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Homework Help: Introductory Calculus Based Physics, Help save Matt's life. He needs you.

  1. Mar 28, 2010 #1
    Hello all, this is my first of likely many posts here at the newly discovered Physics Forums. I'll do my best to help others out, and hopefully will receive the same in return.

    I've gotten through about 3/4 of a large problem that I'm working through in my book (no solution manual FTL). Here's my question...

    1. The problem statement, all variables and given/known data

    A pole P of mass 300kg and length L of 12m is approaching Matt(80kg, no motion) at 8.28 m/s on a frictionless surface. Matt has a massless spring loaded launcher loaded with a mass N of .5kg.

    Matt plans to save himself by shooting the mass N at the pole P approaching him, propelling himself away from the pole while simultaneously slowing the velocity of the pole when the masses hit the pole. Here I am assuming the mass N hits the pole at the poles center of mass and sticks.

    The spring constant of the massless spring launcher is 3x102 J/m2

    1.) Determine the speed of the pole when it reaches the frictionless surface.

    -I've solved this already, it is 8.28m/s

    2.)Determine Matt's velocity when he and the pole have the same velocity.

    3.) Determine how fast the mass N must be going in order to slow down the pole appropriately.

    4.)Determine how much Matt should compress the spring before releasing it.

    2. Relevant equations

    I'm assuming the use of conservation of energy equations will be useful in this problem. However some equations that I'm not seeing as relevant may be missing.

    Kinetic energy:

    E = mv2

    Spring Potential energy:

    E = kx2

    -Where x is (Uncompressed - compressed) length.

    3. The attempt at a solution

    All the questions depend on one another, this becomes a problem when I can't solve the second of four questions in sequence.

    Question 2: Determine Matt's velocity when he and the pole have the same velocity.

    -I'm having trouble with this problem, it seems to me that we would need to know more information about the situation before being able to solve, however, this class is my first exposure to physics, and I am most likely wrong. Any help would be greatly appreciated.

    Question 3: Determine how fast the mass N must be going in order to slow down the pole appropriately.

    -Since I have no answer for number two, I will be assuming that both Matt and the pole P have the same velocity at 6.28m/s. Please check my logic.


    The velocity of Pole P needs to be changed by 2m/s. (8.28m/s initial velocity - 6.28m/s final velocity = 2m/s)

    Initial energy of pole at 8.28m/s: .5 x 300kg x (8.28m/s)^2 = 10290 J

    Energy of pole at needed velocity of 6.28m/s : .5 x 300kg x (6.28m/s)^2 = 5766 J

    10290J - 5766J = 4524J

    So the small mas N (.5kg) that Matt shoots from his launcher at the pole needs to transfer 4524J of energy to slow the pole by 2m/s.

    4524J = .5 x .5kg x V2

    V = 134.5 m/s

    Question 4: Determine how much Matt should compress the spring before releasing it.

    As determined in question three, we know that the mass N that is shot out of the spring launcher needs an energy of 4524J in order to slow the speed of the pole P by 2m/s. Here is where I run into a logical problem.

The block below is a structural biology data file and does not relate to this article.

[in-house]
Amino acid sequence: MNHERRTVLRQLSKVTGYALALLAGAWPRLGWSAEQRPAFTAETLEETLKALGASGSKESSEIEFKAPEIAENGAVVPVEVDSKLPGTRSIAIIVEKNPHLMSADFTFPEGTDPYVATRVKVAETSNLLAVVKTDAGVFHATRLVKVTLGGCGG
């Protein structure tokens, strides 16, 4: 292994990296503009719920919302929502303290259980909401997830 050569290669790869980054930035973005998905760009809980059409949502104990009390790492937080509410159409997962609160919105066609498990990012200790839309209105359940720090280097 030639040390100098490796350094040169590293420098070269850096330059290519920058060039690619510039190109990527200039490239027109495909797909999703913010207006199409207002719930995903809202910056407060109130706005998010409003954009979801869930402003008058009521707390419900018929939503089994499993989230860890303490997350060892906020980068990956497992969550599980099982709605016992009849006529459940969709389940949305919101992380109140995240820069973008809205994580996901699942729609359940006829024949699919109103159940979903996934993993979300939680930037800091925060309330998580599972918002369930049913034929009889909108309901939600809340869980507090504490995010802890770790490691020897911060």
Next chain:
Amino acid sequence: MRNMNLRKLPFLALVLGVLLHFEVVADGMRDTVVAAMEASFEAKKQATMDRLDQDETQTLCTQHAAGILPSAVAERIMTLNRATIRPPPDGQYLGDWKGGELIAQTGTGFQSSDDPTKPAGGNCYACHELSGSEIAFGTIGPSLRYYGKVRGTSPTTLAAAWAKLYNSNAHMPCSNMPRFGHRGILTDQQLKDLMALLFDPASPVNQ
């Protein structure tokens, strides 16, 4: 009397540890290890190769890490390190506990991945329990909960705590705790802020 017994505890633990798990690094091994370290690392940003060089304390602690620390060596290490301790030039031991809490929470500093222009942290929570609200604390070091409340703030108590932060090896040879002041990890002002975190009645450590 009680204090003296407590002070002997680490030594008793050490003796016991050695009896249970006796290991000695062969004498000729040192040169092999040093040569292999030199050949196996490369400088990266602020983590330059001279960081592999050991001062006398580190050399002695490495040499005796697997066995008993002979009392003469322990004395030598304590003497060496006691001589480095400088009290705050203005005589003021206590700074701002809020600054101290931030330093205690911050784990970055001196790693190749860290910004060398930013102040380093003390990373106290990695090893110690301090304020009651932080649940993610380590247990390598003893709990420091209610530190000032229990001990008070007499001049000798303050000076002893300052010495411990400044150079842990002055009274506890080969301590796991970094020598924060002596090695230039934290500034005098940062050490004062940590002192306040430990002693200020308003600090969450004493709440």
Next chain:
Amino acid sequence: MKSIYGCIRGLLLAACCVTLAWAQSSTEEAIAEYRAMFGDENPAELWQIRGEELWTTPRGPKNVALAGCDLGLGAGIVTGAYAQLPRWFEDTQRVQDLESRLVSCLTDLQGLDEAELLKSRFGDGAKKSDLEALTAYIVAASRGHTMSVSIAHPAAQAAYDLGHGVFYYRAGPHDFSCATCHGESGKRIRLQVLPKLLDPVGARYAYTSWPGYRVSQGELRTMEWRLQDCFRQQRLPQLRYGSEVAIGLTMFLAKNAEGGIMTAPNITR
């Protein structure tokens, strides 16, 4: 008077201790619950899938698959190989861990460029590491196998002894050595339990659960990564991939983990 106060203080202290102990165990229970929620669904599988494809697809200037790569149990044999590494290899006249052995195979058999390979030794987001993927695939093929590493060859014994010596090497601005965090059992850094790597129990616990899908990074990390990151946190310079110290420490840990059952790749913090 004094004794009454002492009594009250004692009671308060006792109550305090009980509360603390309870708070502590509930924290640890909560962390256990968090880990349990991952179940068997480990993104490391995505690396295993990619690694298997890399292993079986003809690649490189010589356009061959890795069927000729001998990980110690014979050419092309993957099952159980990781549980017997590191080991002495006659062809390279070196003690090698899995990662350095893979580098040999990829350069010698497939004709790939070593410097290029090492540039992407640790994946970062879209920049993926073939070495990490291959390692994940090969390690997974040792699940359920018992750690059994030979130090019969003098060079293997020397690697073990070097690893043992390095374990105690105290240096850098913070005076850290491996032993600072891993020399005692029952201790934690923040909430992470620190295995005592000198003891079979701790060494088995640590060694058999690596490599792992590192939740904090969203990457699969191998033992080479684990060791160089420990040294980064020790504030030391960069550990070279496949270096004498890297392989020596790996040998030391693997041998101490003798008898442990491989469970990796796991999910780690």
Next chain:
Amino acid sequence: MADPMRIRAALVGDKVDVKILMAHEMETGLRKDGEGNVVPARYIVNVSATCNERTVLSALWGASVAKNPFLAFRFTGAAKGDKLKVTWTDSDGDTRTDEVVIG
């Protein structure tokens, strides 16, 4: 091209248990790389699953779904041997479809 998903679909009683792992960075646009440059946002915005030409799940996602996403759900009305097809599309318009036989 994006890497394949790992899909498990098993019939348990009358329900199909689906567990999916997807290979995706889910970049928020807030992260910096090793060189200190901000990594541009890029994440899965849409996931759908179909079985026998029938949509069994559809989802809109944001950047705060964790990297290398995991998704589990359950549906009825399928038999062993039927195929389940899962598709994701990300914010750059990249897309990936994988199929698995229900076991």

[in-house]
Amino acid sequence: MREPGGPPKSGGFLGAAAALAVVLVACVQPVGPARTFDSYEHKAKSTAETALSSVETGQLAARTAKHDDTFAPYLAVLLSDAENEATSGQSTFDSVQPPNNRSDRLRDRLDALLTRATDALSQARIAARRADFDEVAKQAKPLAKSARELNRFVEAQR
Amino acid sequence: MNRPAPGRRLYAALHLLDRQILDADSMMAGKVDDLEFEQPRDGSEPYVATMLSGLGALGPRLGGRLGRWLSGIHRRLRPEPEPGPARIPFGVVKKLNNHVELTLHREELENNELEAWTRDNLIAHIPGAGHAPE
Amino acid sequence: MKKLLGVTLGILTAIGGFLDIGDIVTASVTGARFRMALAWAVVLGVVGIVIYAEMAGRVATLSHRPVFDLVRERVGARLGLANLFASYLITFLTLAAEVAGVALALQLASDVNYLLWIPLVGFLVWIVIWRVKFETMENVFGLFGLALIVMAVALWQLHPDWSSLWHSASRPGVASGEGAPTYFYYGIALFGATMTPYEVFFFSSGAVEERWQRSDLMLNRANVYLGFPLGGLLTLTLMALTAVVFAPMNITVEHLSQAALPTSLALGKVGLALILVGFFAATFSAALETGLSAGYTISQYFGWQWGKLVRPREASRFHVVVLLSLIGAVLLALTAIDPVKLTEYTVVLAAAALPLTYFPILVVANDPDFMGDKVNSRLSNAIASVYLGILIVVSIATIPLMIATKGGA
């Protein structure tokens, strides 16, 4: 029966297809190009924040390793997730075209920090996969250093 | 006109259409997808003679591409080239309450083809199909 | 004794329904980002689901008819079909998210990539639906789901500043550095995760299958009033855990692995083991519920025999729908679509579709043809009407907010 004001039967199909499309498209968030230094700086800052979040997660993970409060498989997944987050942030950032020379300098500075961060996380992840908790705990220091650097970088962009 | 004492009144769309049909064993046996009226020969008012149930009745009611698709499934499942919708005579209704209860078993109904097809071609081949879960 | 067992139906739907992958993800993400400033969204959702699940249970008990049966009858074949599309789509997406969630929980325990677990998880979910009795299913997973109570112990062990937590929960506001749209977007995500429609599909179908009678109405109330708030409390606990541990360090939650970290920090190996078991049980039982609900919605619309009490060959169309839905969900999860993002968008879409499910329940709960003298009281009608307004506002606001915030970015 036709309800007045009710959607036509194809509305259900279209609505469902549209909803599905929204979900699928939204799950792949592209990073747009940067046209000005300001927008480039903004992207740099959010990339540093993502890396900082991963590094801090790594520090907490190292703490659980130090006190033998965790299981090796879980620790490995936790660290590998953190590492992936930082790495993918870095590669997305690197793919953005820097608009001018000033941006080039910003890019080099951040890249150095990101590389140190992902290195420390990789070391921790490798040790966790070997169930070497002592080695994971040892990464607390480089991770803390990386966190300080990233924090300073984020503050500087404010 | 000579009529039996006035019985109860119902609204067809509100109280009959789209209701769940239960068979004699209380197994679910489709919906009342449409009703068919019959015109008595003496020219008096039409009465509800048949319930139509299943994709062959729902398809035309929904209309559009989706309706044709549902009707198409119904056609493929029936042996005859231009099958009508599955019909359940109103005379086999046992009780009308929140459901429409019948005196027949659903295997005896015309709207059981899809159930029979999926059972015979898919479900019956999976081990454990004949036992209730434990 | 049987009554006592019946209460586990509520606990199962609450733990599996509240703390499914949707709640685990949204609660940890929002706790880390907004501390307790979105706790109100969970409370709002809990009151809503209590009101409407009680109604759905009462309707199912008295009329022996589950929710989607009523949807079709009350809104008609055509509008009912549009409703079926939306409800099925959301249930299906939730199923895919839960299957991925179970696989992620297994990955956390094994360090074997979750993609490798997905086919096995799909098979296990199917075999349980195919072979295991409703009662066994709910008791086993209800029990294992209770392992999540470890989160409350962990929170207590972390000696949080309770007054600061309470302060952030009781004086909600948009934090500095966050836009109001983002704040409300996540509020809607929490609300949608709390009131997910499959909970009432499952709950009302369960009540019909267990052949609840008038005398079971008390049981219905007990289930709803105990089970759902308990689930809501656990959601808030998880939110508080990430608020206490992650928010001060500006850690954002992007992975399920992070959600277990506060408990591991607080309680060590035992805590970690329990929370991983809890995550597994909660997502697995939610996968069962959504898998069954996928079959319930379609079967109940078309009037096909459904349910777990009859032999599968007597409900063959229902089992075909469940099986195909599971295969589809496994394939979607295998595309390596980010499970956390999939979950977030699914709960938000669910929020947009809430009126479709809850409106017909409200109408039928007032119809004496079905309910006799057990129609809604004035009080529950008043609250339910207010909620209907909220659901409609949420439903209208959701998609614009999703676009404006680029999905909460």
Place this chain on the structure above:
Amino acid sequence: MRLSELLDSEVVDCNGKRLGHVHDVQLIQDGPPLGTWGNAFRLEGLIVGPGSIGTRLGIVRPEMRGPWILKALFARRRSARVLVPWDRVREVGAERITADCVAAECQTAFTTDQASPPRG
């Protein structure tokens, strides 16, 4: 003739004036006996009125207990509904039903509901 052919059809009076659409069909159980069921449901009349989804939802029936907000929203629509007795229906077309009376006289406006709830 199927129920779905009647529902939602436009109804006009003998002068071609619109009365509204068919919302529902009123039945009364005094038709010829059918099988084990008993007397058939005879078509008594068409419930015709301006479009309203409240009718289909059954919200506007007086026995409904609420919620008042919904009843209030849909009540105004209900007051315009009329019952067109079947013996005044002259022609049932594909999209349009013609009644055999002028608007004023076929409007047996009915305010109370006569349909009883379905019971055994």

All of the problems I've solved in HW sets thus far related to spring energy had the spring attached to a static object. However, in this problem on one side of the spring is Matt (80kg), on the other is mass N(.5kg). I'm not sure how to model this using the potential spring energy equation because I know that when the spring is allowed to uncompress, some of the energy will be given to Matt, and some to the mass N. Any help getting me going here will also be greatly appreciated.

    I understand the the length of my question is probably less than desirable. However, please know that any help given is greatly appreciated, and will be reciprocated if possible.(I'm more of a math and computer science guy)
  2. jcsd
  3. Mar 28, 2010 #2
    2. Ok so before Matt releases the mass the pole has a momentum of 300*8.28. After Matt releases the mass and the mass sticks to the center of the pole and Matt is flung backwards, the pole mass system has a momentum of 300.5*v and Matt has a momentum of 80*v.

    Using conservation of momentum 300*8.28 = 380.5*v

    v = 6.53 m/s

    3. So initially the pole has a momentum of 300*8.28 and the mass has a momentum of -.5*v this is equal to 300.5*6.53 due to conservation of momentum.

    v = 1043 m/s

    4. The springs potential transfers into Matt's Kinetic energy plus the masses kinetic energy.

    3x102x2 = 0.5*80*6.532 + 0.5*0.5*10432

    x = 30.2 m

    That's my crack at it.
  4. Mar 28, 2010 #3
    Thank you so much Atticus. Wow #2 was extremely simple, I was over thinking that problem. Does anyone have anything else to add to Atticus's solution or confirm it? Again, thank you, I really appreciate your time.
  5. Mar 28, 2010 #4
    No problem. Hopefully the solution is correct. To solve these types of problems I usually break the situation into states. For example in number 2 I would take State A as just the pole moving and State B as everyone moving. Then I would use conservation of momentum. For number 3 I would look just at the pole-mass system with State A being them both moving and State B being the two moving together. Finally for number 4 I would look at just the Matt-spring-mass system with State A being the string compressed (potential energy no kinetic) and State B being Matt and the mass moving (no potential all kinetic).
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